“Instead of honoring the historic and rich tradition of the Augusta community,” states the complaint, “Defendants decided on the name GEORGIA REGENTS UNIVERSITY without regard to Regent's well-known trademark rights.” The complaint includes not only trademark counts against the defendants, but also two counts based on 42 U.S.C. § 1983 in conjunction with the 14th Amendment to the U.S. Constitution, among other counts.
The case is Regent University v. Board of Regents of the University System of Georgia, et al.
, No. 1:12-cv-00141-JRH-WLB, filed 09/20/12 in the U.S. District Court for the Southern District of Georgia, Augusta Division. The case has been assigned to U.S. District Judge J. Randal Hill.
Choice Hotels Sues Holdover Licensee of Rodeway Inn® Marks
The second of the two lawsuits recites a fact pattern commonly alleged in trademark cases involving hotel franchises, namely, that a local franchisee operating an establishment under the hotel's name experiences termination of the franchise agreement, but then continues to use the franchisor's mark after that termination, without the franchisor's permission. Persons who continue to use licensed marks following termination of a franchise agreement (which typically includes a license to use the franchisor's marks) are commonly referred to as "holdover licensees." We already have a prior post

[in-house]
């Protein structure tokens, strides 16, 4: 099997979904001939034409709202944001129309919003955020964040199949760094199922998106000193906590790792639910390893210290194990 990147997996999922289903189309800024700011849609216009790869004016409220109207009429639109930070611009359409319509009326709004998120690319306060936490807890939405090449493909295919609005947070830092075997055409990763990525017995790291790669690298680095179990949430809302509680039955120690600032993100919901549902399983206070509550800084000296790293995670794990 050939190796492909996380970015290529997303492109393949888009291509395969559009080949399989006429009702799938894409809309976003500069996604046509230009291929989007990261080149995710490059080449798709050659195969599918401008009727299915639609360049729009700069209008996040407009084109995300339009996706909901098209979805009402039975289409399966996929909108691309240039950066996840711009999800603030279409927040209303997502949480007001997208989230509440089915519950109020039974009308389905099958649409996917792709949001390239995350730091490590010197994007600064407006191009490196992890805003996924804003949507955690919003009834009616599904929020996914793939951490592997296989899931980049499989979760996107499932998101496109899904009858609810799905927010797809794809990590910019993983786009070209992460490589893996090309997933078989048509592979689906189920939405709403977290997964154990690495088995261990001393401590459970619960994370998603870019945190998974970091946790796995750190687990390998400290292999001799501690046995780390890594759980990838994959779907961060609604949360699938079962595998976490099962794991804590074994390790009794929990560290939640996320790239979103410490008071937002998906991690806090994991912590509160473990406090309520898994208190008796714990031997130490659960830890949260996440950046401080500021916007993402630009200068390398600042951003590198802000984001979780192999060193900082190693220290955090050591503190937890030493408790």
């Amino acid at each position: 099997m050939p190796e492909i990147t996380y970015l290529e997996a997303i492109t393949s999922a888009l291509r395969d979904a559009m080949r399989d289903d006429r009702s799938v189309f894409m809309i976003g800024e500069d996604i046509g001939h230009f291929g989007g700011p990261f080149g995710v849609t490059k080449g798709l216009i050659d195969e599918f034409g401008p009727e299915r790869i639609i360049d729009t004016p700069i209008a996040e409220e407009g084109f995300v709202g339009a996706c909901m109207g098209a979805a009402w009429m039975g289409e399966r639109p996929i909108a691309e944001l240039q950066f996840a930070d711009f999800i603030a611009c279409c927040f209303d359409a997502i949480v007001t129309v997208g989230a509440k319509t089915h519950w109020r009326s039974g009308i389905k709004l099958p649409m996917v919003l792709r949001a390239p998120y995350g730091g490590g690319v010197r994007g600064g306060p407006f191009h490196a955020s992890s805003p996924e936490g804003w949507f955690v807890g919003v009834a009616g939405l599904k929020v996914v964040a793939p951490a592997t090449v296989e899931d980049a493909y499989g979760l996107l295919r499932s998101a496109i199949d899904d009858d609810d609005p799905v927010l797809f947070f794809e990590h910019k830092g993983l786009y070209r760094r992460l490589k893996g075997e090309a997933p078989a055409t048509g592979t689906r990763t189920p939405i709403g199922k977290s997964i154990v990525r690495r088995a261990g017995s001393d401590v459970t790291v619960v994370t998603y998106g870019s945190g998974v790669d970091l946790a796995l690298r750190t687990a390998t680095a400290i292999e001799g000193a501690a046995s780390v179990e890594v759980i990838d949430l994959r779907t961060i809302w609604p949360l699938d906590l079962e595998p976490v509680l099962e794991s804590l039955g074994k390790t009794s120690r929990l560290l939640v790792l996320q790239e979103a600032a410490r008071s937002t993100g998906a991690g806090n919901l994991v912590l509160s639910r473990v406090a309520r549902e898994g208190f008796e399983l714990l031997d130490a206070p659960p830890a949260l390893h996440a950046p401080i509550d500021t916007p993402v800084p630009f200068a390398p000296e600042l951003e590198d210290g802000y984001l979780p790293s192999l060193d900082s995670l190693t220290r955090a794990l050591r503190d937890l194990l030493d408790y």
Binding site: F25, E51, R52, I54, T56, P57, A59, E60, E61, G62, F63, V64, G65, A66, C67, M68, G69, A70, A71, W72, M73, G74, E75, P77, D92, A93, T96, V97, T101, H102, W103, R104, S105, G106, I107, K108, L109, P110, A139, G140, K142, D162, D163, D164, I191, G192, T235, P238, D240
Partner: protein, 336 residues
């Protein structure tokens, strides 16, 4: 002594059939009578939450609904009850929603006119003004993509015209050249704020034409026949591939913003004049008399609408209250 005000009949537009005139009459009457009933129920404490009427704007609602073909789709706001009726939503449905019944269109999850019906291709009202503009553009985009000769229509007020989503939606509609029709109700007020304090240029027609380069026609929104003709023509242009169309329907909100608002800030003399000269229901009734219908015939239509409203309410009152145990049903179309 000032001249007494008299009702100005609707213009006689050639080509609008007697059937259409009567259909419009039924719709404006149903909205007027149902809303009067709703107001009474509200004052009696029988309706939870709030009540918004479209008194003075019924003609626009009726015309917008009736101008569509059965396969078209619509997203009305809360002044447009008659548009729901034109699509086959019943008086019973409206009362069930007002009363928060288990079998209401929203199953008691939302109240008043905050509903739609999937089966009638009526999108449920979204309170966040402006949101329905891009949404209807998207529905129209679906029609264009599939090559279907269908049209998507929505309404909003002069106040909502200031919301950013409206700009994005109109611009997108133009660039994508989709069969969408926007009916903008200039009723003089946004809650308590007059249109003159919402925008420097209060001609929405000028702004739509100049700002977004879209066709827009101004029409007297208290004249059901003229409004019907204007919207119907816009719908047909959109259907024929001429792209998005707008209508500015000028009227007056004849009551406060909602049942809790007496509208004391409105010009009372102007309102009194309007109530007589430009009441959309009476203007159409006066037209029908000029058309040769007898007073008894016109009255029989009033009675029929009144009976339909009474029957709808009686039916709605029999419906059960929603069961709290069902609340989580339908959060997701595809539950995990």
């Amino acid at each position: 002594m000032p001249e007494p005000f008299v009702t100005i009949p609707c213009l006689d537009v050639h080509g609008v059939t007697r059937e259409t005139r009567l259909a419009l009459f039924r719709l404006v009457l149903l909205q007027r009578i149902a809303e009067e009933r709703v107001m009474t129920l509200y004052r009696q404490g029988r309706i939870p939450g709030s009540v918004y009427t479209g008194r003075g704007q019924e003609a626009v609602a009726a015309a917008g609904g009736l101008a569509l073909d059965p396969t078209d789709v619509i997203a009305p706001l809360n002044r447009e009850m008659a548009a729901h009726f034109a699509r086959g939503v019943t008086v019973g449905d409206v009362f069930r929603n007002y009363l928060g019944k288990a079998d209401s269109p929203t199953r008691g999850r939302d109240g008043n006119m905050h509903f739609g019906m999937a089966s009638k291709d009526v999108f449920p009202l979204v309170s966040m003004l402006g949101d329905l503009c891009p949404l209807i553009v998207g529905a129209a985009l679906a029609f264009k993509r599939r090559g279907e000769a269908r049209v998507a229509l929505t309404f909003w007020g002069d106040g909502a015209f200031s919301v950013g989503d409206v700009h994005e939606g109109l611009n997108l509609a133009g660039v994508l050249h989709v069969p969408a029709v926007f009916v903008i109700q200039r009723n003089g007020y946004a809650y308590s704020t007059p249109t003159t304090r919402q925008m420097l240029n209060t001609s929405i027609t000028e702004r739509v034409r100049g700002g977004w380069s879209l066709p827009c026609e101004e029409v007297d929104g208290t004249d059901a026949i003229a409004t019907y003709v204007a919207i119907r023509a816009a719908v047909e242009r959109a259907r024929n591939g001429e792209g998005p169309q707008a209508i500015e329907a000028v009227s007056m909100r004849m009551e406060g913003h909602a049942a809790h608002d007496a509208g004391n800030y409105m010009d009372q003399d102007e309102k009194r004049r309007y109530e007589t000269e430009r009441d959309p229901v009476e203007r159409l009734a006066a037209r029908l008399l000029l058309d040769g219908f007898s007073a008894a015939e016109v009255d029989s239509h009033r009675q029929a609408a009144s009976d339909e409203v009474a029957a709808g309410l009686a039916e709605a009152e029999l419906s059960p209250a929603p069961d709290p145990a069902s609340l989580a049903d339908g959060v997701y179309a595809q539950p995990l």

recounting such a fact pattern in a case involving Holiday Inn.®
The lawsuit filed September 20 in the Brunswick Division of the Southern District of Georgia involves the RODEWAY INN® family of marks, allegedly owned by the plaintiff Choice Hotels International, Inc. Choice Hotels asserts that it has used those marks since 1962 and owns several registrations for those marks.
The complaint alleges that in September 2005, Choice Hotels entered into a Franchise Agreement with defendants, licensing to them rights to use the RODEWAY INN® family of marks at a Brunswick property, but that later, "Defendants defaulted on their material obligations," including on payment of monthly franchise fees. Choice Hotels contends that it issued a Notice of Default in August 2010 that was not cured, and that it then issued a Notice of Termination in April 2011 that "instructed the Defendants to immediately cease and desist use of any and all marks owned by Choice Hotels." Choice Hotels further alleges that in 2012, it discovered that the defendants were continuing to use the RODEWAY INN® family of marks at the Brunswick site. The complaint asserts counts against the defendants for infringement of a federally-registered trademark and for false designation of origin § 43(a) of the Lanham Act.
The case is Choice Hotels International, Inc. v. Bijal LLC, Yogesh Patel and Kanaiyalal Patel, No. 2:12-cv-00156-LGW-JEG, filed 09/20/12 in the U.S. District Court for the Southern District of Georgia, Brunswick Division. The case has been assigned to U.S. District Judge James E. Graham.
Labels: § 43(a), false designation of origin, Fourteenth Amendment, holdover licensee, Judge Graham, Judge Hill, Lanham Act, Southern District of Georgia, trademark